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A Judge Says The Trump Administration Must Reinstate DACA Because It Gave No "Rational" Reason For Ending It

"A conclusory assertion that a prior policy is illegal, accompanied by a hodgepodge of illogical or post hoc policy assertions, simply will not do."

Last updated on August 3, 2018, at 7:27 p.m. ET

Posted on August 3, 2018, at 6:09 p.m. ET

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A federal judge said Friday that the Trump administration must reinstate the Deferred Action for Childhood Arrivals (DACA) program in its entirety — because the Department of Homeland Security failed to "give a rational explanation for its decision" to end it.

US District Judge John D. Bates — who has been hearing the challenge brought by the NAACP and others to the administration's decision to end DACA — put his decision on hold for 20 days "to permit the government to determine whether it intends to appeal the Court’s decision and, if so, to seek a stay pending appeal."

Bates initially ruled against the administration in April but put his ruling on hold to give the government a chance to provide a rationale for its decision.

In Friday's ruling, Bates found that "the Court sees no reason to change its earlier determination that DACA’s rescission was arbitrary and capricious."

In response to Bates' initial ruling, DHS Secretary Kirstjen Nielsen issued a memorandum in June that aimed at providing "amplification" of the government's decision to end DACA last year — as had been explained in a memo issued by then-DHS secretary Elaine Duke.

Bates found on Friday, first, that the administration's decision to end DACA was reviewable — a point on which the Department of Justice had fought the challengers — because, the judge ruled, DHS's explanation for the rescission of DACA is an issue of law, not policy.

As to the substantive question of whether the Nielsen memo showed that the decision to end DACA was not "arbitrary and capricious," Bates wrote, "Most glaringly, the Nielsen Memo provides almost no meaningful elaboration on the Duke Memo’s assertion that DACA is unlawful."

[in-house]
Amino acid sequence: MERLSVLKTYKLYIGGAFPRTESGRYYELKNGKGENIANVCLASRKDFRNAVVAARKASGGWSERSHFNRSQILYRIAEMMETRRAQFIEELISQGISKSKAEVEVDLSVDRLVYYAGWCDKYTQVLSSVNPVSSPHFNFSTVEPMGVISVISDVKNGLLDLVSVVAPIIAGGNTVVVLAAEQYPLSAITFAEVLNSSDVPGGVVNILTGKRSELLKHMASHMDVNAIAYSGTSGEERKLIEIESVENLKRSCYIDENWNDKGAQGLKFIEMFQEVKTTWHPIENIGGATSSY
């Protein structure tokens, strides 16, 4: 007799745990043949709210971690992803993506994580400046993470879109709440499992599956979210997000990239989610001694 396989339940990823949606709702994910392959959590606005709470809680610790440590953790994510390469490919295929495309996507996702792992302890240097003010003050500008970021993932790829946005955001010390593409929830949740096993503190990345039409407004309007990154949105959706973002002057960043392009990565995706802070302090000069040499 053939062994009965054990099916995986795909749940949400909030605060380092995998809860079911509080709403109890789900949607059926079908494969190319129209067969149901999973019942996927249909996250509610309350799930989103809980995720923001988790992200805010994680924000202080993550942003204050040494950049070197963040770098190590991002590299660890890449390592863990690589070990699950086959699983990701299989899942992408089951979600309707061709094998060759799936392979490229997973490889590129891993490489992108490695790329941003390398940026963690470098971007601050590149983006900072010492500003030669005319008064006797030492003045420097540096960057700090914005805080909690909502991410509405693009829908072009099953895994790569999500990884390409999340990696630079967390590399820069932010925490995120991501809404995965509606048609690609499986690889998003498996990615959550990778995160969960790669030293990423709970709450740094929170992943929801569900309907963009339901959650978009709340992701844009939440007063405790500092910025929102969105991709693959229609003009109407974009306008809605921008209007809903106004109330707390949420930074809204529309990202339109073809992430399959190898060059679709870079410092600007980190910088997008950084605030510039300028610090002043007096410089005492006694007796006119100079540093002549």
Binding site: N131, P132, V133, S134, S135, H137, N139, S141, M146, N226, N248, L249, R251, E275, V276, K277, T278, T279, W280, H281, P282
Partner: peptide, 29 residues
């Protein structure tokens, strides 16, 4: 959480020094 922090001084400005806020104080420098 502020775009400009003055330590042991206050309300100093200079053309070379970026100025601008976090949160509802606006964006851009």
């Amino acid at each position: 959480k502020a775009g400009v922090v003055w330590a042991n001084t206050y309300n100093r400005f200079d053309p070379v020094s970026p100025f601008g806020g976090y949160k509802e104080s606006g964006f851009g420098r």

Bates added that, even if one of the reasons provided by the government to justify ending DACA was sufficient, the Nielsen memo "fails to engage meaningfully with the reliance interests and other countervailing factors that weigh against ending the program."

In his conclusion, Bates appeared to make an effort to preempt criticism from President Donald Trump, Attorney General Jeff Sessions, and Trump's supporters.

"The Court did not hold in its prior opinion, and it does not hold today, that DHS lacks the statutory or constitutional authority to rescind the DACA program. Rather, the Court simply holds that if DHS wishes to rescind the program — or to take any other action, for that matter — it must give a rational explanation for its decision," he wrote. "A conclusory assertion that a prior policy is illegal, accompanied by a hodgepodge of illogical or post hoc policy assertions, simply will not do."

Justice Department spokesperson Devin O'Malley told BuzzFeed News that the court's order does not mean the DOJ will be backing off its position that DACA "was an unlawful circumvention of Congress" and "was susceptible to the same legal challenges that effectively ended [Deferred Action for Parents of Americans and Lawful Permanent Residents (DAPA)]."

As for next steps, O'Malley added, "The Justice Department will continue to vigorously defend this position, and looks forward to vindicating its position in further litigation."

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